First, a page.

Queeries and Theories and Other Essays for Alice

I recall being about 24 years old and knowing everything. The clarity, that this humble little mind told me I had, was startling. Sure in some respects, I did know it all. I was in a super privileged law course at an equally privileged university, learning a heap of smart stuff. Do not get me wrong, I completely struggled with the working class necessity to learn it all from scratch whilst my Ponsie private school cohort threw language and experience around that was foreign to me. I was aware that I was the outsider.

I wrote an essay called Queerying the Legal Definition of Marriage (spelling error intentional), in the elective Law and Discrimination unit I took. It was 1993 or 1994. Queer theory was enjoying its first blush of respectful recognition. Much to the disgust of several of my over-achieving colleagues, I scored a solid credit, which by Monash Law school standards, was high. A good 5 – 10 points higher than said colleagues.

So my thesis was this: I did not support same sex marriage because I did not support the patriarchal institution of marriage and sought, at all costs, to deconstruct it. It served no purpose but to devalue other-ness. It is the very same argument that Gillard hid behind. I cannot tell you how many times during the Gillard years I bored my wife with my “that is so 1994” derision of her belief system.

Yes, that is right: My wife. We married in 2009, in a hotel room in Toronto. We got engaged a year and a day earlier, in Chopper Read’s pub in Clifton Hill. There were over 100 guests at our engagement, and we married in front of three complete strangers. Sure, there was an excitement about eloping. We caught a private car to business class airfares and dined in New York that night. We met Woody Allen, and hungover, we opened curtains to a view of Central Park. But we flew across the globe, away from family and friends, because at that time, Canada was one of the few places we could marry.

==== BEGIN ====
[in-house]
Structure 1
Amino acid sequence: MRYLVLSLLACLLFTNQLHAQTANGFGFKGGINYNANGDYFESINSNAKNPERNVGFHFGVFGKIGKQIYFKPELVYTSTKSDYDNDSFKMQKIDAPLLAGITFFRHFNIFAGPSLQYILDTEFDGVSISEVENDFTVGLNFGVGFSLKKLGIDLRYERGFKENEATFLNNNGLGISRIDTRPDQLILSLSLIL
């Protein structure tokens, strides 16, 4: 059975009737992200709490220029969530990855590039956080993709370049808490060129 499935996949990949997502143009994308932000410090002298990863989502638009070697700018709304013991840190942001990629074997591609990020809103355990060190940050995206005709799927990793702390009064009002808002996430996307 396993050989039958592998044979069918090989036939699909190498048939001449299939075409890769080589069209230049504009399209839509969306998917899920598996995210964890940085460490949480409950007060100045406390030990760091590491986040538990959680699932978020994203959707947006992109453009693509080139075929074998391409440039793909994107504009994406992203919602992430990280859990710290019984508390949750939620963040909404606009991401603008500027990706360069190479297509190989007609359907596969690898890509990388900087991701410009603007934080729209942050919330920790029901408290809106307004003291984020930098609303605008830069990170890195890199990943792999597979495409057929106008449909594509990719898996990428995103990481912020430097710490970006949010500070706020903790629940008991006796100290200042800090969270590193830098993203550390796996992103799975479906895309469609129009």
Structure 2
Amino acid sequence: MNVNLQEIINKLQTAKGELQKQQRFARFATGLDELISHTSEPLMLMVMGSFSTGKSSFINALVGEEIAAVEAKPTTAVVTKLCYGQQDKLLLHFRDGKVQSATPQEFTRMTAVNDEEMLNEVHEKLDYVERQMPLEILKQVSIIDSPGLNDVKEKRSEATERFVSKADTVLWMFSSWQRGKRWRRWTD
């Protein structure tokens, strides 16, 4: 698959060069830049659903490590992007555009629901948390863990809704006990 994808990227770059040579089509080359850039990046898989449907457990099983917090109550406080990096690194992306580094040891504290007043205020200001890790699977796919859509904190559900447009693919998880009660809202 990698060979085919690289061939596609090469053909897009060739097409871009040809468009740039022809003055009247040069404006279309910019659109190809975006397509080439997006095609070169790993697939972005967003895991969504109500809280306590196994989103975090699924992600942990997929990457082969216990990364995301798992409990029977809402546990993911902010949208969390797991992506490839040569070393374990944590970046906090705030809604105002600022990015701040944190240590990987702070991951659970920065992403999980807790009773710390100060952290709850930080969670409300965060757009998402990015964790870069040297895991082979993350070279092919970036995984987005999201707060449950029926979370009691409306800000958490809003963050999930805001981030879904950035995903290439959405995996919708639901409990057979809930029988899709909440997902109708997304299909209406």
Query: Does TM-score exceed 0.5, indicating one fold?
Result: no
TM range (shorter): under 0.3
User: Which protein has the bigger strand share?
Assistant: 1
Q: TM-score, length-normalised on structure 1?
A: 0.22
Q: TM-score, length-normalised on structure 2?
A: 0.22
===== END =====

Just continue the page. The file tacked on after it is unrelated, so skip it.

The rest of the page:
I sit here now, with many of the same leftist belief systems that catapulted me through youth, but I am middle aged. You don’t need to be older to get this, but for me, being older, I finally do. Marriage is an institution that will not go away; it is understood across cultural divides, and across nations. It possesses the burden of expectation, the attraction of tradition, and cultural ‘norming’. It also allows people to feel that their commitment is the same as everyone else who has dared to.

The leftist anarchist in me still wishes to demolish most institutions. However the moderated middle aged me recognizes we cannot, and within that, if there are to be institutions, there must be equal access to them.

People opposed to same sex marriage do not stop gays from marrying. They simply force us to go off shore. On a purely equal rights platform, the only thing denied is the capacity to marry at home, surrounded by family. That, wearing any hat or bearing any political persuasion, is just fucking bullshit.

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Categories: LTBIQ, Poetry, Politics

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